• Kelson Joshua, Lam Mary, Keep Melanie & Campbell Andrew (2017) Development and evaluation of an online acceptance and commitment therapy program for anxiety: phase I iterative design, Journal of Technology in Human Services, 35:2, 135-151, DOI: 10.1080/15228835.2017.1309311
  • Klein, J. P., Berger, T., Schröder, J., Späth, C., Meyer, B., Caspar, F., & Hautzinger, M. (2016). Effects of a psychological internet intervention in the treatment of mild to moderate depressive symptoms: results of the EVIDENT study, a randomized controlled trial. Psychotherapy and Psychosomatics, 85(4), 218-228. https://doi.org/10.1159/000445355
  • Karyotaki, E., Kleiboer, A., Smit, F., Turner, D. T., Pastor, A. M., Andersson, G., & Christensen, H. (2015). Predictors of treatment dropout in self-guided web-based interventions for depression: An ‘individual patient data’ meta-analysis. Psychological Medicine, 45(13), 2717-2726. https://doi.org/10.1017/S0033291715000665
  • Luxton, D., N,, E. & Maheu, M. (2016). A Practitioner’s Guide to Telemental Health: How to Conduct Legal, Ethical, and Evidence-Based Telepractice. Washington, DC APA Books.
  • Maheu, M. M., Pulier, M. L., Wilhelm, F. H., McMenamin, J. P., & Brown-Connolly, N. E. (2004). The mental health professional and the new technologies: A handbook for practice today. Mahwah, NJ: Erlbaum.
  • McTavish, FM (2012). How patients recovering from alcoholism use a smartphone intervention, Journal of Dual Diagnosis 8 (4), 294-304.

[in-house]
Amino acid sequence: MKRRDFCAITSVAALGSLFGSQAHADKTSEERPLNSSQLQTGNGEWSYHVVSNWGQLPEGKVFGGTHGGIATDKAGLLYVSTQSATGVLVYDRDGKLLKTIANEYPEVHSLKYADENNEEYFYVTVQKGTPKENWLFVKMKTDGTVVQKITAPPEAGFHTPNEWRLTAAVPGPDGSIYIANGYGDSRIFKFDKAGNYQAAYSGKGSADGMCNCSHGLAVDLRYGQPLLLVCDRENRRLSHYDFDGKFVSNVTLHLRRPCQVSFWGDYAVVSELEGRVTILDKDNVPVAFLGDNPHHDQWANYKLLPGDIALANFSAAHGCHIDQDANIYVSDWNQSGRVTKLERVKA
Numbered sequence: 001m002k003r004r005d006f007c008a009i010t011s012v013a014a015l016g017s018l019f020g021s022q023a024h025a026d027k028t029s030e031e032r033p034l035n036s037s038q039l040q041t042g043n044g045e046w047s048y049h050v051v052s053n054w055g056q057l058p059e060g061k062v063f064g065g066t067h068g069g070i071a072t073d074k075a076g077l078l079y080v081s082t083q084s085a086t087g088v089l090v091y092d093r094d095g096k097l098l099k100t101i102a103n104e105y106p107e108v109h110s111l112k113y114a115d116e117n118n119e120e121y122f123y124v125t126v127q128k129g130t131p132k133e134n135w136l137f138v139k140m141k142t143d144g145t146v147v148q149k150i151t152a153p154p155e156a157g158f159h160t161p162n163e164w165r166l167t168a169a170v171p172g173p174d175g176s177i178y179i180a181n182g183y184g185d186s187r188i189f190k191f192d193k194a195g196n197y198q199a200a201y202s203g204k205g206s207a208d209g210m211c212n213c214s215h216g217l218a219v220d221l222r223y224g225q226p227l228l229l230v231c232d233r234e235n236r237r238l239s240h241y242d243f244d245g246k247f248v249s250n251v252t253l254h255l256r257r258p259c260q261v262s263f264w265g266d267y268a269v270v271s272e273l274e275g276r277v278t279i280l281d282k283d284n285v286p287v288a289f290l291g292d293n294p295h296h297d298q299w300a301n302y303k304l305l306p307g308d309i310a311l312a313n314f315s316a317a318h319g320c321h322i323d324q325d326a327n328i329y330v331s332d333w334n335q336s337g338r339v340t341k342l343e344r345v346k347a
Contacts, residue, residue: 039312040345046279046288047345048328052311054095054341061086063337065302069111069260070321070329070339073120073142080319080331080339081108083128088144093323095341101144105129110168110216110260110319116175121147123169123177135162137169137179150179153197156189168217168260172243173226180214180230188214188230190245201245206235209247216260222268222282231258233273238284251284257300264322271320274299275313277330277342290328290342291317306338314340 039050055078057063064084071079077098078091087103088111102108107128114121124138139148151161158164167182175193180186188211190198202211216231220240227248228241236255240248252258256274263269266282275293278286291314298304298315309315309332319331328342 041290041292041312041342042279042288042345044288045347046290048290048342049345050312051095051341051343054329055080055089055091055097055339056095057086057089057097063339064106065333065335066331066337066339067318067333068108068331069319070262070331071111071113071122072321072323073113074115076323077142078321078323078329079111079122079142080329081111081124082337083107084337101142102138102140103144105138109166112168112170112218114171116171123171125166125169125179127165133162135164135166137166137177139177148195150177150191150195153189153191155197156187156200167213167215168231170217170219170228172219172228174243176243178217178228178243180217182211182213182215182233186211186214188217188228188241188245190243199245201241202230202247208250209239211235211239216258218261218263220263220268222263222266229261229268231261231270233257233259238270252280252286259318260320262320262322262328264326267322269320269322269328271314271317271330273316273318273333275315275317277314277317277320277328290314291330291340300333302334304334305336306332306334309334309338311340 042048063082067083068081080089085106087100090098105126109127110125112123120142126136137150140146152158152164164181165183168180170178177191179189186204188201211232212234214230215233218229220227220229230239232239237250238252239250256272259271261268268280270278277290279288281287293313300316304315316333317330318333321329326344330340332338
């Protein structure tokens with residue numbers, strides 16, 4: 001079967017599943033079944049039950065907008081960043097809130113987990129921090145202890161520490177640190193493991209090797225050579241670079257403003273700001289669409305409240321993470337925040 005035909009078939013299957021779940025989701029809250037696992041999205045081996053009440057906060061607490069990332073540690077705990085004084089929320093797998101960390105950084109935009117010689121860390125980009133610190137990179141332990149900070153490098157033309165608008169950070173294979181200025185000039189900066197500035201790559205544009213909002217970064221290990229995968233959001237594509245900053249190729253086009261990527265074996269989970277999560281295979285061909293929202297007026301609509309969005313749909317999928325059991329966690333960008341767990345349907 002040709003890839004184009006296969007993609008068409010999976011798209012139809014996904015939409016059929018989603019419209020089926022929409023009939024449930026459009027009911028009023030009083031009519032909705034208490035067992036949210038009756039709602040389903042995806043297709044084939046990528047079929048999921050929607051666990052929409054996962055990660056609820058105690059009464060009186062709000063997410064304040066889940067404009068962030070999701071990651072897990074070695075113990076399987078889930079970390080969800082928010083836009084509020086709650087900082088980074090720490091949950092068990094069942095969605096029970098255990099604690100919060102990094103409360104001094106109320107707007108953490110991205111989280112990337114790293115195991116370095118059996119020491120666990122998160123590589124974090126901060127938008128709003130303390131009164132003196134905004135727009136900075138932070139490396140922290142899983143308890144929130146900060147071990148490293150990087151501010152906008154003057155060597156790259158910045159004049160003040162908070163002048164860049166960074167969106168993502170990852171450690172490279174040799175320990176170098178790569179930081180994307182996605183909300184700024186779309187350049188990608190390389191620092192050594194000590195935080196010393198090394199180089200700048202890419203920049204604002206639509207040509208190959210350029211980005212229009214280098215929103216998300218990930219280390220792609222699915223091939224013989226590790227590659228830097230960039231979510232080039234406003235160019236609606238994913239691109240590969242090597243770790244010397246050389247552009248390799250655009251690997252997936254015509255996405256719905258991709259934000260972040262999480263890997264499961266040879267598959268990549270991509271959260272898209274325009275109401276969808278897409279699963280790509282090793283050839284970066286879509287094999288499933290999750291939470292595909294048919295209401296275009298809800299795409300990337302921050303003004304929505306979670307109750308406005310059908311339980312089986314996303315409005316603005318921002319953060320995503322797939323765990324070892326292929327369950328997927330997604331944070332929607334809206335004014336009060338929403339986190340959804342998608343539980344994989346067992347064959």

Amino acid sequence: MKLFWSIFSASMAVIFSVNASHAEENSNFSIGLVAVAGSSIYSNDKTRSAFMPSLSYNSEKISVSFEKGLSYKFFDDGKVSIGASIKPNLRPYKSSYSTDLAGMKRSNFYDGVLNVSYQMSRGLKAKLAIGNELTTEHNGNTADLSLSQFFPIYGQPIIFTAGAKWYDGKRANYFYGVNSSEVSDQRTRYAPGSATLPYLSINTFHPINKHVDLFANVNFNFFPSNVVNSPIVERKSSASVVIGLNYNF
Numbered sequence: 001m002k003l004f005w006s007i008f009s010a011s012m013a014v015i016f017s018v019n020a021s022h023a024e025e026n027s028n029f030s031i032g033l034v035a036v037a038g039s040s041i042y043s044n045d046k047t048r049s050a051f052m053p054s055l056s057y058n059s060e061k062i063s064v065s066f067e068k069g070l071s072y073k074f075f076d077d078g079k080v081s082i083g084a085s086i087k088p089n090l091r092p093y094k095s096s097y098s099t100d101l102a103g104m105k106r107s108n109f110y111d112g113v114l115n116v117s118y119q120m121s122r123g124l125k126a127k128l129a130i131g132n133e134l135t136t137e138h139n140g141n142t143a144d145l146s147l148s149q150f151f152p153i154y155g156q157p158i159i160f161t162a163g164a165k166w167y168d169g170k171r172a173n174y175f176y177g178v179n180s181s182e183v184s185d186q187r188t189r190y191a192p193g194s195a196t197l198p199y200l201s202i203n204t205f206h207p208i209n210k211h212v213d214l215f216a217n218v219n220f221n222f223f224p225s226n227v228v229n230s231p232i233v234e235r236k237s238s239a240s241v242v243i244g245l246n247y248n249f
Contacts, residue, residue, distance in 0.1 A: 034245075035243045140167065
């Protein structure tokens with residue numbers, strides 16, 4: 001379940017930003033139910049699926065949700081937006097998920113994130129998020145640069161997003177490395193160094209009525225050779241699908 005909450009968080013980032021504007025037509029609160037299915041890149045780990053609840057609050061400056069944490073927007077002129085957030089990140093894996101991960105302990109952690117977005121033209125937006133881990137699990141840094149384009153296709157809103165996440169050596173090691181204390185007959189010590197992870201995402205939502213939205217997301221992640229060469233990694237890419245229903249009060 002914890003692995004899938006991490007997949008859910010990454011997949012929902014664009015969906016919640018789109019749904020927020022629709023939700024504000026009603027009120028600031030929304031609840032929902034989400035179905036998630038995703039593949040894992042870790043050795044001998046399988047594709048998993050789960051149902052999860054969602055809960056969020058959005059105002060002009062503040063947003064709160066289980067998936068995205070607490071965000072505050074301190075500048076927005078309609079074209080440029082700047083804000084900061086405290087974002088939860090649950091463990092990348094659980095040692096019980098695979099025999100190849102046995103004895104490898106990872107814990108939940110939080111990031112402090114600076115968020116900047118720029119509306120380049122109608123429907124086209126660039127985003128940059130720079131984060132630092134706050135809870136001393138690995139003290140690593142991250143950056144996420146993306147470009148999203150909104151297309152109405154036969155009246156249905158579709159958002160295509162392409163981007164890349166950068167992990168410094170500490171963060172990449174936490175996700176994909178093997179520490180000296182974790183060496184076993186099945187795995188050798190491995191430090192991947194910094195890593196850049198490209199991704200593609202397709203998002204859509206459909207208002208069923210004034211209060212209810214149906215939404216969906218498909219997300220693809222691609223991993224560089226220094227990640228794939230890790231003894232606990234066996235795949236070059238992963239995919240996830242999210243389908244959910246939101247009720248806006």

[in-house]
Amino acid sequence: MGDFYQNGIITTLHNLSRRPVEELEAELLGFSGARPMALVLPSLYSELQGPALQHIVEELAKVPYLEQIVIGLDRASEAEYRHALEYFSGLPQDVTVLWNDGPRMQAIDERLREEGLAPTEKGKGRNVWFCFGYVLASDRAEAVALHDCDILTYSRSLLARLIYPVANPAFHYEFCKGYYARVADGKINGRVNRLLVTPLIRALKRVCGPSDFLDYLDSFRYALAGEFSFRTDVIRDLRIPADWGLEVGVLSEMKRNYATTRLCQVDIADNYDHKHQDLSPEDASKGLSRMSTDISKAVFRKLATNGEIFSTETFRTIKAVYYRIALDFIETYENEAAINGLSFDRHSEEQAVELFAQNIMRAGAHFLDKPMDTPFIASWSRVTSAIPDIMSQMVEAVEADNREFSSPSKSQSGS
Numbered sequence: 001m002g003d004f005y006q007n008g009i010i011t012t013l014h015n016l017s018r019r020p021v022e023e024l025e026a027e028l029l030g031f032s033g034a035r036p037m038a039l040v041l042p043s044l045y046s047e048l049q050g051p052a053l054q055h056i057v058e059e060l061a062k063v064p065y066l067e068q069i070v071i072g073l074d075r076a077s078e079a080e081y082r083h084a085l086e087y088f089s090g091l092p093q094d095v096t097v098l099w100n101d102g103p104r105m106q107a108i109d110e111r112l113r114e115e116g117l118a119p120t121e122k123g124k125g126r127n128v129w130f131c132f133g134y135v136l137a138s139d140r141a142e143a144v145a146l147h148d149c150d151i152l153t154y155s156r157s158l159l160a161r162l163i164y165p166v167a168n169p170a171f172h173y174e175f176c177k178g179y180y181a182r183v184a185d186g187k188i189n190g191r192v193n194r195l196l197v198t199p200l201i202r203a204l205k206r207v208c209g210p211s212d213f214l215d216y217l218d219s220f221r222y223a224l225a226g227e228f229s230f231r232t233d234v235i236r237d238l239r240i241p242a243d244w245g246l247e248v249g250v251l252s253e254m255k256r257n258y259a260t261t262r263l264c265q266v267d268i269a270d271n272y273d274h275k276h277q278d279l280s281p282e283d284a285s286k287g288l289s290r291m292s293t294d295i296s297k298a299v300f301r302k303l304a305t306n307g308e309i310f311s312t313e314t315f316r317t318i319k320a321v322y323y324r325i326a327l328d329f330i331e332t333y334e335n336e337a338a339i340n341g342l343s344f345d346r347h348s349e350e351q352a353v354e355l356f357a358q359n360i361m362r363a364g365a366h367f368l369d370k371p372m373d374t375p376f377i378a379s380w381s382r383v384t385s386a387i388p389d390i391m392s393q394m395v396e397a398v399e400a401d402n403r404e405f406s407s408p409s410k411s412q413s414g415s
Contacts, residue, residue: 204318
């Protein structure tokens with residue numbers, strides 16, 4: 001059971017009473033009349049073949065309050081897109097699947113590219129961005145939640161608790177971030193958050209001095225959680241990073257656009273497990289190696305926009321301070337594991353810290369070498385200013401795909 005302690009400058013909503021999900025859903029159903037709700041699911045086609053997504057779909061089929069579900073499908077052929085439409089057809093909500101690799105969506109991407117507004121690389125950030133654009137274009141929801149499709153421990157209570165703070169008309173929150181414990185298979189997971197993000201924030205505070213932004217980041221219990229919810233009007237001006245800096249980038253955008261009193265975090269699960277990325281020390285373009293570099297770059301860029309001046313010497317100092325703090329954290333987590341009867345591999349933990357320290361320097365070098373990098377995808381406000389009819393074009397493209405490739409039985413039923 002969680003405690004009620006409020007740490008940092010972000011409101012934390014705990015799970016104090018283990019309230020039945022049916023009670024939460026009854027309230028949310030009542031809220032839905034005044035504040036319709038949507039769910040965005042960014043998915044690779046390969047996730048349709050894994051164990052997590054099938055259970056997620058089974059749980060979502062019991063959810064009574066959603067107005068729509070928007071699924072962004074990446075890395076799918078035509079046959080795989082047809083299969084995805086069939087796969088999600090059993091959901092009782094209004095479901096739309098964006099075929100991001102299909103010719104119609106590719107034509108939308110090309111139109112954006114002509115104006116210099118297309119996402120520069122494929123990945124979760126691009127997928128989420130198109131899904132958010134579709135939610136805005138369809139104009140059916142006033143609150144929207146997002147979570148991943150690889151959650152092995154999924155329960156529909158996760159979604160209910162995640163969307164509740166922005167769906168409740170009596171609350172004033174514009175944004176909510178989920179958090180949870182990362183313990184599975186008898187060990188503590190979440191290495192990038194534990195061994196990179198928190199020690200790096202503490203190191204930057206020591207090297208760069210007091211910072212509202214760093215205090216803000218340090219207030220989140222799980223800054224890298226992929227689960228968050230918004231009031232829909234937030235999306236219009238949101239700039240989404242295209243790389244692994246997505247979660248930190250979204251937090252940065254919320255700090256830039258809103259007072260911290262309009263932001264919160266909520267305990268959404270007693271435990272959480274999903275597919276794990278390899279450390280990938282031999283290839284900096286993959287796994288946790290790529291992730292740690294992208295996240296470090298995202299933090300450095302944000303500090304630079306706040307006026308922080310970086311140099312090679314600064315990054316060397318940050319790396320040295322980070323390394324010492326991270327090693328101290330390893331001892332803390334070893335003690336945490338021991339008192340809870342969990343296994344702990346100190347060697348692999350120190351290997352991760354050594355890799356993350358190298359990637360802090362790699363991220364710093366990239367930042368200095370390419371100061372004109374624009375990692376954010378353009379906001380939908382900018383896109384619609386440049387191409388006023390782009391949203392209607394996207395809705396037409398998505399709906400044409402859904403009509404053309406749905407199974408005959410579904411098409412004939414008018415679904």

• Nicholas, David & Chahauver, Anu (2017). Examining computer use by hospitalized children and youth, Journal of Technology in Human Services 35:4, 277-291, DOI: 10.1080/15228835.2017.1366886
  • Nordgren, L. B., Hedman, E., Etienne, J., Bodin, J., Kadowaki, Å., Eriksson, S., & Carlbring, P. (2014). Effectiveness and cost-effectiveness of individually tailored Internet-delivered cognitive behavior therapy for anxiety disorders in a primary care population: A randomized controlled trial. Behaviour Research and Therapy, 59, 1-11. https://doi.org/10.1016/j.brat.2014.05.007
  • Overholser, James C (2015). Training the scientist–practitioner in the twenty-first century: A risk–benefit analysis, Counselling Psychology Quarterly 28 (3), 220-234
  • Pihlaja, S., Stenberg, J.-H., Joutsenniemi, J. Mehik, H., Ritola, V. Joffe, G. (2018). Therapeutic alliance in guided internet therapy programs for depression and anxiety disorders – A systematic review, Internet Interventions. Volume 11, March 2018, Pages 1-10.
  • Radovic, Ana, DeMand, Alexandra, et al. (2017) SOVA: design of a stakeholder informed social media website for depressed adolescents and their parents, Journal of Technology in Human Services, 35:3, 169-182, DOI: 10.1080/15228835.2017.1347552
  • Reese, R. J., & Chapman, N. (2017). Promoting and evaluating evidence-based telepsychology interventions: Lessons learned from the university of Kentucky telepsychology lab. In M. M. Maheu, K. P. Drude, & S. D. Wright. Career paths in telemental health (pp. 255-261). New York, NY: Springer International Publishing.